These programs inspired NCII to seek out an intermediary to help support its work, and after exploring the landscape for a suitable partner, NVF emerged as a natural fit for the NCII Impact Fund. “What I liked most was that NVF could customize the services it provides to cover exactly what we needed,” explained Johnstone. “That high-value partnership and its responsive personnel have made NVF a great partner in supporting our work.”

Expanding Access to Best Practices

The NCII Impact Fund’s Rural Guided Pathways Project is based on the broader Guided Pathways approach, but unlike NCII’s historical college support models, it uses a more holistic model to support rural colleges and communities. In the past, funding efforts to reform community colleges have focused on large urban areas with significant student populations, which has left smaller rural communities underserved. And while no two rural communities are alike, they do have distinct needs that a traditional urban approach will not serve.

The Rural Guided Pathways Project emphasizes engaging the entire rural community where students live, enlisting local employers and workforce development personnel to provide wraparound support and education. “When you get everyone clicking in on all cylinders in a cross-sector partnership, that’s when economic opportunity expands and economic mobility is possible,” said Senior Fellow Gretchen Schmidt, who leads the Rural Guided Pathways work.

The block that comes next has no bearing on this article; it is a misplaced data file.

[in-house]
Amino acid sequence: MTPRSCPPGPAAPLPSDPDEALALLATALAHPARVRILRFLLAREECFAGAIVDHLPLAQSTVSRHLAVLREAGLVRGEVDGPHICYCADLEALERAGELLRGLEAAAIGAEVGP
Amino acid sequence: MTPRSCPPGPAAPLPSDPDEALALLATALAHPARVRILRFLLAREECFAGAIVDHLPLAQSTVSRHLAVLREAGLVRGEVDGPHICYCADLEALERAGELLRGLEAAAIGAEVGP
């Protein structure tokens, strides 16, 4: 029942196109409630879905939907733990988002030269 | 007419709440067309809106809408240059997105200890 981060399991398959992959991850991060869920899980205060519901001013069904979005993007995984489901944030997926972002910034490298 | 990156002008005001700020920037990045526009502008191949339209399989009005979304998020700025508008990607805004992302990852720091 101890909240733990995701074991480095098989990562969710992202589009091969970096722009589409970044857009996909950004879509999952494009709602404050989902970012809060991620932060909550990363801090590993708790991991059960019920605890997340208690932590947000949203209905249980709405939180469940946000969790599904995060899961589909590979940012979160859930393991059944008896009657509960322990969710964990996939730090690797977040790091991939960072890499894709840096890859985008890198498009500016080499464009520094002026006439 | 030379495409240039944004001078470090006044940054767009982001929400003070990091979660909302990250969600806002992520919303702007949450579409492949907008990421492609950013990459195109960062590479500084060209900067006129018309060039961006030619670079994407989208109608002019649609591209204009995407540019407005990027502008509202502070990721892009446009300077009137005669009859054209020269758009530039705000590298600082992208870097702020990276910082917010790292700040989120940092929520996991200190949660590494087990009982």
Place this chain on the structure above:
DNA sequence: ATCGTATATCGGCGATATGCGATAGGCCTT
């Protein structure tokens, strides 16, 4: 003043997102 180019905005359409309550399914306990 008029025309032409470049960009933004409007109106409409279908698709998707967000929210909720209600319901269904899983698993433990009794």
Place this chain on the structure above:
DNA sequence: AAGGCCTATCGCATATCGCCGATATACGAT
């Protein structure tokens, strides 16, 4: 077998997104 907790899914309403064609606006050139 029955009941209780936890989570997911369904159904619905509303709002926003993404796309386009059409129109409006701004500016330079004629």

The Rural Guided Pathways team is working with 16 colleges and communities so far and continues to use the data and lessons it gathers to tailor its outreach and approach to rural institutions. One data point the project has seen repeatedly is the issue of capacity and turnover within community colleges. Often, the NCII Impact Fund team would work with colleges to implement reforms, only to need to start from square one when the mid-level leaders they had been working alongside left the institution. NCII Impact Fund’s Leadership Academy for Student Success is intended to combat this major disruption.

The Leadership Academy for Student Success is a yearlong professional development program geared toward mid-level faculty and staff at community colleges. The program was developed by the Success Center for Ohio Community Colleges with the support of the NCII team. The content of this program is based on the Aspen Institute College Excellence Program’s presidential fellowship curriculum “The first half of the program is focused on fundamentals of student success, such as understanding students’ goals and what they experience in and out of the classroom,” said NCII Senior Fellow Chris Baldwin, who heads the Leadership Academy work. “In the second half, we get into change management issues and what leaders need to reform the organization, from equity considerations to financial management.”

Next Steps

As the partnership with NVF continues to flourish, so does the work of the NCII Impact Fund. It will continue to expand its Rural Guided Pathways Project across more rural communities in the coming years. “Our hope is to create a set of national proof points for institutional success in rural communities, so institutions across the country can see what’s possible,” explained Schmidt.

Meanwhile, the Leadership Academy for Student Success will replicate the successful Ohio program in Michigan, New York, and Texas in the coming year. Each state will have two cohorts of 40 to 50 mid-level leaders, who will work together over the next three years to build a strong foundation for lasting institutional reforms based on best practices.

While every individual effort NCII undertakes creates pathways to economic opportunity for students across the country, the holistic nature of their approach truly makes a difference. “We’re data-driven, but it’s not just about data,” said Baldwin. “It’s about helping every institution we partner with go to the next level and focus on helping their students succeed.”